In the drawing, a left end denotes a center of the rotor. A cooling air 26 is axially supplied from an inlet part through a slot 15, and is diverged into a number of radial flow passages 17. In FIG. 9 and FIG. 10, there are shown a position from the center to the end on a horizontal axis and the air distribution Q of each radial flow passage 17 and a conductor temperature distribution T on a longitudinal axis. During divergence from the sub-slot 15 to the radial flow passage 17, there occurs a divergent ventilation resistance that is a function of a ratio between a flow rate of the sub-slot 15 and the flow rate of each radial flow passage 17. This magnitude varies depending on an area ratio of the sub-slot 15 and each radial flow passage 17. In general, the center part is small, and the end part is large. Therefore, in the case where the ventilation resistance of the radial flow passage 17 is constant independent of the axial position of this radial flow passage, there is tendency that a temperature at the center part is lower, and a temperature at the end part is higher, as designated by a solid line 28 shown in FIG. 9.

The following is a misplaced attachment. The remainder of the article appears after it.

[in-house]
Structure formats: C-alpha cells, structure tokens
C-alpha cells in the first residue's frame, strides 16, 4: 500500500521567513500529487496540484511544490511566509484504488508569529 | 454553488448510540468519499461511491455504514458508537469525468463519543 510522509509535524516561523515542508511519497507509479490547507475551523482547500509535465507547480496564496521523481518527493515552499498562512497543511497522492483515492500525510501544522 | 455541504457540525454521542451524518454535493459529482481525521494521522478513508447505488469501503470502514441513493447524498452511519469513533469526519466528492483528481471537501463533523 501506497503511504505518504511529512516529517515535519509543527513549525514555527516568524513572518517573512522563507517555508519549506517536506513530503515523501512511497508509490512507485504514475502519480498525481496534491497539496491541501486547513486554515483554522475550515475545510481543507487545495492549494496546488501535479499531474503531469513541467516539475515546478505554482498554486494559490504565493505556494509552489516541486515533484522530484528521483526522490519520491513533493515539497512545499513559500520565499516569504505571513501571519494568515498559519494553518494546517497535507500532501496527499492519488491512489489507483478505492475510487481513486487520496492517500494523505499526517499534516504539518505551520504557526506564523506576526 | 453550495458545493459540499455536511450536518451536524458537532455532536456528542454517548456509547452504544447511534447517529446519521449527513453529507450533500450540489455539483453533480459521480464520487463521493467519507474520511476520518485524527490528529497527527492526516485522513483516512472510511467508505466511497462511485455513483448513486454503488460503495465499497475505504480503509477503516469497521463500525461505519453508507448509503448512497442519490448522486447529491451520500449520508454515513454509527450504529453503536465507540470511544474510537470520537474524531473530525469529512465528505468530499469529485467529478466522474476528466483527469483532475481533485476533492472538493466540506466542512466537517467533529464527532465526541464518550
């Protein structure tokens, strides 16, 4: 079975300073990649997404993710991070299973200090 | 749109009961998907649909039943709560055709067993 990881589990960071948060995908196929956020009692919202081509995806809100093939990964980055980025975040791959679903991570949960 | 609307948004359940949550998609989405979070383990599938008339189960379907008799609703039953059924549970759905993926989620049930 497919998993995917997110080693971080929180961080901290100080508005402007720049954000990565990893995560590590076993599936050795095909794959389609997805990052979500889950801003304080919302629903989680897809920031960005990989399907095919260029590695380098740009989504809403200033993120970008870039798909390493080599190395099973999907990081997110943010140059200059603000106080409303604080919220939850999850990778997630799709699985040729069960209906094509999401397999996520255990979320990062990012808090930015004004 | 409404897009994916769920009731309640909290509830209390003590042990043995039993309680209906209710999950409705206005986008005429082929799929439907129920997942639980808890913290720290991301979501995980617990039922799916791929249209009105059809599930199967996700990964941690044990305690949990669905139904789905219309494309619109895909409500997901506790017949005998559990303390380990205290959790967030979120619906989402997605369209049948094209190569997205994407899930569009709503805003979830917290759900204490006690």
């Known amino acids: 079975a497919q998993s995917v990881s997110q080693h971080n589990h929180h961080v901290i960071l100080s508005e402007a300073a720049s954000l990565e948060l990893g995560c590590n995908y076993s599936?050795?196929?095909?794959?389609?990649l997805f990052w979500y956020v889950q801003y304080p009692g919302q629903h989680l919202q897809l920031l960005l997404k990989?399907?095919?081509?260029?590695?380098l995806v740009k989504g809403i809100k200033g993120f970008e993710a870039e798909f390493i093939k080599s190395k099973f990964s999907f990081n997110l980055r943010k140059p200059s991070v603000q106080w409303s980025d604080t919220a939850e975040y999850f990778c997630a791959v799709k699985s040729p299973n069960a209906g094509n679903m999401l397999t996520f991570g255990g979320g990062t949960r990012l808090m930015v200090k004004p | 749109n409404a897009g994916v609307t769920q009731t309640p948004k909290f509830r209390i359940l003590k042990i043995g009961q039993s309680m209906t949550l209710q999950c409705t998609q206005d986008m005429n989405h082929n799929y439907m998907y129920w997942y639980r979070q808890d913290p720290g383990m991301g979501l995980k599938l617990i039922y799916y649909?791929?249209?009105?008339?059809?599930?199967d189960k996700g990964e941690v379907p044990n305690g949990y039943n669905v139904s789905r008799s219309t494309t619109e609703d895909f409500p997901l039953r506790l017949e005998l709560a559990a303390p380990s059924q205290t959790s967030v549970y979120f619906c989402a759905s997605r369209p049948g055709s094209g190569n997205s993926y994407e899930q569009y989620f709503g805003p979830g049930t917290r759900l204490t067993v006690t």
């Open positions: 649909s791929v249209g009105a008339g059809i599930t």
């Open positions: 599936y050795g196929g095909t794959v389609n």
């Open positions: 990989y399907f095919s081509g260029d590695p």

As a result, as designated by solid line 30 shown in FIG. 10, the temperature at the center part is lower, and the temperature at the end part is higher, which causes non-uniformity in winding temperature distributions. In order to prevent this non-uniformity, it is advisable that the E/P is changed, thereby offsetting the ventilation resistance due to divergence. Specifically, the E/P at the center part is made larger than the E/P at the end part. By doing this, as designated by solid line 29 shown in FIG. 9, the flow rate of the radial flow passage at the center part decreases with an increase in ventilation resistance. On the other hand, the flow rate at the end part increases. When the E/P increases, heat transmission increases to some extent. Thus, even if the flow rate at the center part decreases, the temperature does not rise. As a result, as designated by solid line 31 shown in FIG. 10, a temperature from the center part to the end part can be uniformed.